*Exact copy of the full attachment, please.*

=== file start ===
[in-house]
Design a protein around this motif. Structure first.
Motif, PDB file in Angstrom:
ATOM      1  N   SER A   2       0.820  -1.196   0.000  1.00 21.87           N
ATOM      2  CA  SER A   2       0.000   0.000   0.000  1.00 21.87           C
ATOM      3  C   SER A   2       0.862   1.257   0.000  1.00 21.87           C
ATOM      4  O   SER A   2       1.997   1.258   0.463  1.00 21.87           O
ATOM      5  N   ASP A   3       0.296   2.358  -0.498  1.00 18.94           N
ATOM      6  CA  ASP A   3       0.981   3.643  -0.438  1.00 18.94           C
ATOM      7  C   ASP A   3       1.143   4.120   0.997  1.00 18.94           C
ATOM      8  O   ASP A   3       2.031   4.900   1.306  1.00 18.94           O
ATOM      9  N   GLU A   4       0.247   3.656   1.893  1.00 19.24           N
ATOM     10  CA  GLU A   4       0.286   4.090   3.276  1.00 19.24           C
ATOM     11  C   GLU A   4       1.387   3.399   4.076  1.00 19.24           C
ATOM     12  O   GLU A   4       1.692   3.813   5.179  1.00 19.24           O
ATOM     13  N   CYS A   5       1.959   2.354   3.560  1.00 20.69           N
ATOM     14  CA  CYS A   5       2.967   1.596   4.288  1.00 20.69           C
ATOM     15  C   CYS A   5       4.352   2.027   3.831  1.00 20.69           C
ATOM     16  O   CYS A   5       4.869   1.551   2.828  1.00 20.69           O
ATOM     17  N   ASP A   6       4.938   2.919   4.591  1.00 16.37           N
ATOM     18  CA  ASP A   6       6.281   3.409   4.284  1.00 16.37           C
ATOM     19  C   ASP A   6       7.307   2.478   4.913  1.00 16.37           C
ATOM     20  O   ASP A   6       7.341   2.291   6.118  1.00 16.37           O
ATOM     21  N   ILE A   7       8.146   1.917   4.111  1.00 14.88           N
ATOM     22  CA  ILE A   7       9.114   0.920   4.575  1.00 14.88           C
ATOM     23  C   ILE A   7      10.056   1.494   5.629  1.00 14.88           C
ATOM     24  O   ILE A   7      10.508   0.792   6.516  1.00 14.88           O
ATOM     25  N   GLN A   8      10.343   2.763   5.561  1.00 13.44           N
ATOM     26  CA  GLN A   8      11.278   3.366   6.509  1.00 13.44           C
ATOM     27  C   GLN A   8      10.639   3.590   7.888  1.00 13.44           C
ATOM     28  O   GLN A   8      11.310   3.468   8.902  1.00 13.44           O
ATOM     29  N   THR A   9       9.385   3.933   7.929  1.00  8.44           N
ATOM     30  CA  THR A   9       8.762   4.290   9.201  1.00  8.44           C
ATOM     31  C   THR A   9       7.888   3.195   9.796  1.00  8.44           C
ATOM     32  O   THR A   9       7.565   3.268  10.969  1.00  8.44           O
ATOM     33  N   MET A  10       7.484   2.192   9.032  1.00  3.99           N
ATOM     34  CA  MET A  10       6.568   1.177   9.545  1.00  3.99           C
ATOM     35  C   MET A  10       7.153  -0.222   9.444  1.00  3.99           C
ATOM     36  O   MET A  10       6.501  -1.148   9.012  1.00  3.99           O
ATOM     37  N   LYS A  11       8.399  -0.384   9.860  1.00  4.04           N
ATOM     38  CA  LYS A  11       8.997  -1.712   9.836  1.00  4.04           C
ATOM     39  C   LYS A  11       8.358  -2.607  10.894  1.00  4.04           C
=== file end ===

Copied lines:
[in-house]
Design a protein around this motif. Structure first.
Motif, PDB file in Angstrom:
ATOM      1  N   SER A   2       0.820  -1.196   0.000  1.00 21.87           N
ATOM      2  CA  SER A   2       0.000   0.000   0.000  1.00 21.87           C
ATOM      3  C   SER A   2       0.862   1.257   0.000  1.00 21.87           C
ATOM      4  O   SER A   2       1.997   1.258   0.463  1.00 21.87           O
ATOM      5  N   ASP A   3       0.296   2.358  -0.498  1.00 18.94           N
ATOM      6  CA  ASP A   3       0.981   3.643  -0.438  1.00 18.94           C
ATOM      7  C   ASP A   3       1.143   4.120   0.997  1.00 18.94           C
ATOM      8  O   ASP A   3       2.031   4.900   1.306  1.00 18.94           O
ATOM      9  N   GLU A   4       0.247   3.656   1.893  1.00 19.24           N
ATOM     10  CA  GLU A   4       0.286   4.090   3.276  1.00 19.24           C
ATOM     11  C   GLU A   4       1.387   3.399   4.076  1.00 19.24           C
ATOM     12  O   GLU A   4       1.692   3.813   5.179  1.00 19.24           O
ATOM     13  N   CYS A   5       1.959   2.354   3.560  1.00 20.69           N
ATOM     14  CA  CYS A   5       2.967   1.596   4.288  1.00 20.69           C
ATOM     15  C   CYS A   5       4.352   2.027   3.831  1.00 20.69           C
ATOM     16  O   CYS A   5       4.869   1.551   2.828  1.00 20.69           O
ATOM     17  N   ASP A   6       4.938   2.919   4.591  1.00 16.37           N
ATOM     18  CA  ASP A   6       6.281   3.409   4.284  1.00 16.37           C
ATOM     19  C   ASP A   6       7.307   2.478   4.913  1.00 16.37           C
ATOM     20  O   ASP A   6       7.341   2.291   6.118  1.00 16.37           O
ATOM     21  N   ILE A   7       8.146   1.917   4.111  1.00 14.88           N
ATOM     22  CA  ILE A   7       9.114   0.920   4.575  1.00 14.88           C
ATOM     23  C   ILE A   7      10.056   1.494   5.629  1.00 14.88           C
ATOM     24  O   ILE A   7      10.508   0.792   6.516  1.00 14.88           O
ATOM     25  N   GLN A   8      10.343   2.763   5.561  1.00 13.44           N
ATOM     26  CA  GLN A   8      11.278   3.366   6.509  1.00 13.44           C
ATOM     27  C   GLN A   8      10.639   3.590   7.888  1.00 13.44           C
ATOM     28  O   GLN A   8      11.310   3.468   8.902  1.00 13.44           O
ATOM     29  N   THR A   9       9.385   3.933   7.929  1.00  8.44           N
ATOM     30  CA  THR A   9       8.762   4.290   9.201  1.00  8.44           C
ATOM     31  C   THR A   9       7.888   3.195   9.796  1.00  8.44           C
ATOM     32  O   THR A   9       7.565   3.268  10.969  1.00  8.44           O
ATOM     33  N   MET A  10       7.484   2.192   9.032  1.00  3.99           N
ATOM     34  CA  MET A  10       6.568   1.177   9.545  1.00  3.99           C
ATOM     35  C   MET A  10       7.153  -0.222   9.444  1.00  3.99           C
ATOM     36  O   MET A  10       6.501  -1.148   9.012  1.00  3.99           O
ATOM     37  N   LYS A  11       8.399  -0.384   9.860  1.00  4.04           N
ATOM     38  CA  LYS A  11       8.997  -1.712   9.836  1.00  4.04           C
ATOM     39  C   LYS A  11       8.358  -2.607  10.894  1.00  4.04           C